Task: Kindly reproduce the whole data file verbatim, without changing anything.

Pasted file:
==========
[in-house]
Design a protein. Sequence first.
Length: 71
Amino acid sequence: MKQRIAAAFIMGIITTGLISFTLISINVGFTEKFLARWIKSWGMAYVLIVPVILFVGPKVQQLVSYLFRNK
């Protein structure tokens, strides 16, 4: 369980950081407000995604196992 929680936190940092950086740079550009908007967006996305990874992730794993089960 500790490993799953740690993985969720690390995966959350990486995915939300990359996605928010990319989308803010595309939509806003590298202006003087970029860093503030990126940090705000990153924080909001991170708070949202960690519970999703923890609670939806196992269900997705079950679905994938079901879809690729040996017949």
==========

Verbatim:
[in-house]
Design a protein. Sequence first.
Length: 71
Amino acid sequence: MKQRIAAAFIMGIITTGLISFTLISINVGFTEKFLARWIKSWGMAYVLIVPVILFVGPKVQQLVSYLFRNK
């Protein structure tokens, strides 16, 4: 369980950081407000995604196992 929680936190940092950086740079550009908007967006996305990874992730794993089960 500790490993799953740690993985969720690390995966959350990486995915939300990359996605928010990319989308803010595309939509806003590298202006003087970029860093503030990126940090705000990153924080909001991170708070949202960690519970999703923890609670939806196992269900997705079950679905994938079901879809690729040996017949």